Ten things to know before launching a remote patient monitoring program

April 30, 2020
Aine Cryts

Logan Lutton
Logan Lutton

Associate Editor, Medical Economics and Physician's Practice

Remote monitoring starts around $1,500 per patient, whereas hospital admissions cost thousands more.

Curious about launching a remote patient monitoring program at your practice? Here’s a compelling reason to start one: remote patient monitoring costs approximately $1,500 a year per patient, while a single hospital admission can cost thousands of dollars.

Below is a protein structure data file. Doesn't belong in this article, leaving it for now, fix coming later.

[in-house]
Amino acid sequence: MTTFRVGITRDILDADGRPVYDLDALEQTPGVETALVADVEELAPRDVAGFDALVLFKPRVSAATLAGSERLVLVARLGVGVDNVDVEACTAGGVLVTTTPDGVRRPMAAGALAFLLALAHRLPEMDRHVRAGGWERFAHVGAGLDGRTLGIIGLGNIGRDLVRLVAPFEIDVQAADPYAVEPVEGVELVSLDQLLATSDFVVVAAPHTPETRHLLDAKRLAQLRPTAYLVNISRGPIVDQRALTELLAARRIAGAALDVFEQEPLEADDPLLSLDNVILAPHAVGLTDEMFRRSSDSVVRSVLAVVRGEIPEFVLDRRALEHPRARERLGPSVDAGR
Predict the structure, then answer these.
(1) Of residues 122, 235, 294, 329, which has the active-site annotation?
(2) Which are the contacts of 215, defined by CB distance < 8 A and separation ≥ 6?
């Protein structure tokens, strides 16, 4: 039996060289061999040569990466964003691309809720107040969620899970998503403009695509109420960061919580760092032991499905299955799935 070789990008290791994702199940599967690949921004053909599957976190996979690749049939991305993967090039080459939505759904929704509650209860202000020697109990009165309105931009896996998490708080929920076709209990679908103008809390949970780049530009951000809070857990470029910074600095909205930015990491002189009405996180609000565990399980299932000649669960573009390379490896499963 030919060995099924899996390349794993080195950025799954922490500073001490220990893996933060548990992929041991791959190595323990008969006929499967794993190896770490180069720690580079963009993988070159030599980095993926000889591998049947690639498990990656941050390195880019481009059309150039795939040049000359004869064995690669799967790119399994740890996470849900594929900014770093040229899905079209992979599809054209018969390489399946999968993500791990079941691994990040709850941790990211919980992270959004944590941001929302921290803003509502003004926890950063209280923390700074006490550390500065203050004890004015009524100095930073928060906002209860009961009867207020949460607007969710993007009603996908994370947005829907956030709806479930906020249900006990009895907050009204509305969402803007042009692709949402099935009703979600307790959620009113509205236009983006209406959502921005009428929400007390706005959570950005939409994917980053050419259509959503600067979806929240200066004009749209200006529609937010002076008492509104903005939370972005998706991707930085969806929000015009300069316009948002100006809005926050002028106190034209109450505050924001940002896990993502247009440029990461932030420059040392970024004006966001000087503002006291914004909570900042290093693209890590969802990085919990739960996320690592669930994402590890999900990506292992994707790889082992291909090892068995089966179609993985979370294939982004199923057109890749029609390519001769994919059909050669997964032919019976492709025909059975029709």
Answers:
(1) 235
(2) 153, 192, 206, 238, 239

Katie Nunn, CEO of Bright Ideas Medical Consulting, defines remote patient monitoring as collecting data from patients and receiving the data at the physician practice remotely. Examples of data collected from patients include weight, activity level, blood pressure, respiration, and blood-glucose levels, said Dunn during an April 16 session at MGMA20 | The Operations Conference, which took place virtually. Nunn counselled that this is a passive approach to monitoring, which means the physician office won’t be notified if the patient’s heart rate increases rapidly. Rather, it’s likely the practice will deploy a nurse who monitors patients’ vital signs on a daily basis using a dashboard.